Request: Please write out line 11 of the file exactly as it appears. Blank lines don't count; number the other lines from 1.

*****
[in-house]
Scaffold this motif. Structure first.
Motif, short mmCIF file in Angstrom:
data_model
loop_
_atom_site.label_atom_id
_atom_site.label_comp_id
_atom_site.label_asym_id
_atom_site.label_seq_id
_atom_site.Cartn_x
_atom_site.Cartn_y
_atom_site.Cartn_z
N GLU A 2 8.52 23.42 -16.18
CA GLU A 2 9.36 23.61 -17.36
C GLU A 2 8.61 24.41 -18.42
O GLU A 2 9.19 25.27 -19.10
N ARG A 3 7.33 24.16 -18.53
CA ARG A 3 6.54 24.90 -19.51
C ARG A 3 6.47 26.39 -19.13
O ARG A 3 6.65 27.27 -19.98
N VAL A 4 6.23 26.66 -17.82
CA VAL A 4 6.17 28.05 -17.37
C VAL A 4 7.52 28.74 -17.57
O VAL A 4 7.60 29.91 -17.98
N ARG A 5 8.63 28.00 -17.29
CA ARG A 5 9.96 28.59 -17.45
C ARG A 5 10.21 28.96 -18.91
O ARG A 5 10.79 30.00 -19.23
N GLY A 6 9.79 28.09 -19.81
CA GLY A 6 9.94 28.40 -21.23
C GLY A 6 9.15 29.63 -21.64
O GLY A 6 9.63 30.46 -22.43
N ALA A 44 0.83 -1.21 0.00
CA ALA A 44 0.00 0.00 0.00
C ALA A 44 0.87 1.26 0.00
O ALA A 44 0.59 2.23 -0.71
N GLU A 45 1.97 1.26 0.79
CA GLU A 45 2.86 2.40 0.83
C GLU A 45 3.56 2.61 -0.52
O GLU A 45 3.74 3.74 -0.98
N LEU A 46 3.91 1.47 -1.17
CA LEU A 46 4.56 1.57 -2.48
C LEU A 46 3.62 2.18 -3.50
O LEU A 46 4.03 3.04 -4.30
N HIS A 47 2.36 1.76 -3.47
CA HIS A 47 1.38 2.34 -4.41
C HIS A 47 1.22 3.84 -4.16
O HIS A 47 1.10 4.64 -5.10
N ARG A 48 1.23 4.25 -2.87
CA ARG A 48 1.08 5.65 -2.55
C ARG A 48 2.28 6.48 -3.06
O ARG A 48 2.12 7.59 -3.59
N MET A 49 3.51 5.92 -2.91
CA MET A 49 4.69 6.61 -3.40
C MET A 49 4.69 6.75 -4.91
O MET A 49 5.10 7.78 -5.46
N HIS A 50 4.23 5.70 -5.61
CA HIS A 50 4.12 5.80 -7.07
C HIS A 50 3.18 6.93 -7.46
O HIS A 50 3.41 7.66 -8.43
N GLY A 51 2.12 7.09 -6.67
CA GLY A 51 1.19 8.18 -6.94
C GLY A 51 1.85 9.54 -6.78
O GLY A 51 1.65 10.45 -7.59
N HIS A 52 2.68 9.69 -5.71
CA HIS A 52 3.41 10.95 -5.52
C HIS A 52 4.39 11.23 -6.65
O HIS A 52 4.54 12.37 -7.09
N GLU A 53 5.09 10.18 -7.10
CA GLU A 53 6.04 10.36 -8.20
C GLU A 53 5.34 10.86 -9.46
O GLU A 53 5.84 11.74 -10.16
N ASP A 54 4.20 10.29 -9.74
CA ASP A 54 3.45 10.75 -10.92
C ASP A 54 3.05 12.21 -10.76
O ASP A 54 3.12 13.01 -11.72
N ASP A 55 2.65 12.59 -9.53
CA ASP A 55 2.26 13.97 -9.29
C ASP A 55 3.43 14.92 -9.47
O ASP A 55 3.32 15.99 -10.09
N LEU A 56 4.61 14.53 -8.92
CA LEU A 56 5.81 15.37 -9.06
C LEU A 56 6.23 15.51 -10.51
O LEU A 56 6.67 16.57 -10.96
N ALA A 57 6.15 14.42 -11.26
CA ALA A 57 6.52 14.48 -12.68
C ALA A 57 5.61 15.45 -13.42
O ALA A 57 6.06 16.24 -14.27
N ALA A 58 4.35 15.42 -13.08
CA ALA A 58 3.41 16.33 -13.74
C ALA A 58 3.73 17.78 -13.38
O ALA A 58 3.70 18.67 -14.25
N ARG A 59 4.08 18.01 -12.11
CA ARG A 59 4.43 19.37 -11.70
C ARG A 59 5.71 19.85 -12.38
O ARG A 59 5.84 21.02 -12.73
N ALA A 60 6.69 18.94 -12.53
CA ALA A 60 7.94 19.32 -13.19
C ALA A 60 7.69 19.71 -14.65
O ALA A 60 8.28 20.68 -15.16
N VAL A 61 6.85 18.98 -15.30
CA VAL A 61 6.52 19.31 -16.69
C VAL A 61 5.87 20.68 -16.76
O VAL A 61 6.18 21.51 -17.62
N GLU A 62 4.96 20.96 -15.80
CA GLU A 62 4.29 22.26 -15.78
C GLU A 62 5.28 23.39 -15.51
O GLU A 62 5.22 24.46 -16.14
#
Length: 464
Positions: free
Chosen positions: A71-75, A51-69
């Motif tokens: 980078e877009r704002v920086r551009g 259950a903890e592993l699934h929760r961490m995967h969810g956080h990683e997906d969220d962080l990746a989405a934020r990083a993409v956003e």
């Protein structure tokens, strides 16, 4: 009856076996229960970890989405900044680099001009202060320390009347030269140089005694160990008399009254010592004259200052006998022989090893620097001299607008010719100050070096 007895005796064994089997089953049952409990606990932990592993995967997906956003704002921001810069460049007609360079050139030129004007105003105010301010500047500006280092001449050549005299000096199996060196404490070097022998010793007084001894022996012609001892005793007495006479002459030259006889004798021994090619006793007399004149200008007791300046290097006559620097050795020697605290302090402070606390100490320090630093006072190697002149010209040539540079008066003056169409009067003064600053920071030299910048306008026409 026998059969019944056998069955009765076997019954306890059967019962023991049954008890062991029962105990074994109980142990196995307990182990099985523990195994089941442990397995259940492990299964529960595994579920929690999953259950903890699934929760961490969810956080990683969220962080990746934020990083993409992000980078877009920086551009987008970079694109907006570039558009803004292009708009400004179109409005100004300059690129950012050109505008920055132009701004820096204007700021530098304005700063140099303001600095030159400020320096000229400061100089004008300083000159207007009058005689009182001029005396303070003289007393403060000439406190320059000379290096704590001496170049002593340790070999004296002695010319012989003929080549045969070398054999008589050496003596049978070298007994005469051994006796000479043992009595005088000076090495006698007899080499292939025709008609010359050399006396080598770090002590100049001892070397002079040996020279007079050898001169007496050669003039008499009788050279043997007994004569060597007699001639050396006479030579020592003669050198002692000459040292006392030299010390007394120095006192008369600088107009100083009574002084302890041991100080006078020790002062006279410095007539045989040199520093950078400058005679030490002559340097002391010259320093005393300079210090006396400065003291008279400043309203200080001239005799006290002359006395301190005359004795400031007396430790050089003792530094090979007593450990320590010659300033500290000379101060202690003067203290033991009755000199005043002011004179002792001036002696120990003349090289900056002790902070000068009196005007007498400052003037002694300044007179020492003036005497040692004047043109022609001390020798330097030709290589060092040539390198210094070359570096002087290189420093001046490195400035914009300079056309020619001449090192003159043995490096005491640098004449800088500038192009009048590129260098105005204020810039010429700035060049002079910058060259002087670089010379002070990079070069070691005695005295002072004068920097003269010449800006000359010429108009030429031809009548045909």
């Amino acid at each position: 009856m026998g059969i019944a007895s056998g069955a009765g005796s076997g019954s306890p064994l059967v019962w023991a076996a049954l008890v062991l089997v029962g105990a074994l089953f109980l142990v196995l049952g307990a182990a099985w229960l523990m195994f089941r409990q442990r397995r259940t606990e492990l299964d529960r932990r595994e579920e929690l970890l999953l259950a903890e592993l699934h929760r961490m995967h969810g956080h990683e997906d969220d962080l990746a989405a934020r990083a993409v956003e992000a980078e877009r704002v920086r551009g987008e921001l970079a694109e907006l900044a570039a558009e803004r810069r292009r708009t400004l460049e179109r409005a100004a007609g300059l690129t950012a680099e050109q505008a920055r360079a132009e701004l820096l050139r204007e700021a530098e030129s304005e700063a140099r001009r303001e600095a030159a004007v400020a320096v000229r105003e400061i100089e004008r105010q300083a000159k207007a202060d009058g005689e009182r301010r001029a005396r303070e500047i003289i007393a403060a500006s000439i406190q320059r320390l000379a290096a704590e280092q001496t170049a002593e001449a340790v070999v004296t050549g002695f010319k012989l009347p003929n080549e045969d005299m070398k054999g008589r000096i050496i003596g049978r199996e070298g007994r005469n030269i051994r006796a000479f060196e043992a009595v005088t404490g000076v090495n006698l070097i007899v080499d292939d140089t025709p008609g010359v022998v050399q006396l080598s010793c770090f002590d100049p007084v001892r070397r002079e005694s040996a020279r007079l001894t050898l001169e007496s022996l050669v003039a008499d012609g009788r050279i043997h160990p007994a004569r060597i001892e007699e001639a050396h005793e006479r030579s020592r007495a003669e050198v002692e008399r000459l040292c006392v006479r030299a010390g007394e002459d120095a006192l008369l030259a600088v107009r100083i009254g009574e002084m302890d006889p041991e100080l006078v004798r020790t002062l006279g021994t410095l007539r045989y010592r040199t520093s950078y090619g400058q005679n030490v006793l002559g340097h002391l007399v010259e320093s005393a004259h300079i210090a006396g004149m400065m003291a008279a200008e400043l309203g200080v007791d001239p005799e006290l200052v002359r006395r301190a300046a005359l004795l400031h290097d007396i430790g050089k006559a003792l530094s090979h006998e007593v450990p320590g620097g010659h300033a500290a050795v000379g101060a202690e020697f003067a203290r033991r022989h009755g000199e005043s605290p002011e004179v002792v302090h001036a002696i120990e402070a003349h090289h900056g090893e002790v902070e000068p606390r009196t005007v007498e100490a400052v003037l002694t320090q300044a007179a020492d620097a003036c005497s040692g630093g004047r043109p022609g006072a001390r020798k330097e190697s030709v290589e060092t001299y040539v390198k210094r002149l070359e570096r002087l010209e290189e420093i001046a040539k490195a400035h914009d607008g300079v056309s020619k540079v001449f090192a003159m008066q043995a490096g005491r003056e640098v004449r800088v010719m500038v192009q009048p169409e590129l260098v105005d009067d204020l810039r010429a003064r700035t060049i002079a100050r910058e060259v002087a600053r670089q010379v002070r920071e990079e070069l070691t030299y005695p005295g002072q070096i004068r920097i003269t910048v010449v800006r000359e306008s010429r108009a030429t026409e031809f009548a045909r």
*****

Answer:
_atom_site.Cartn_y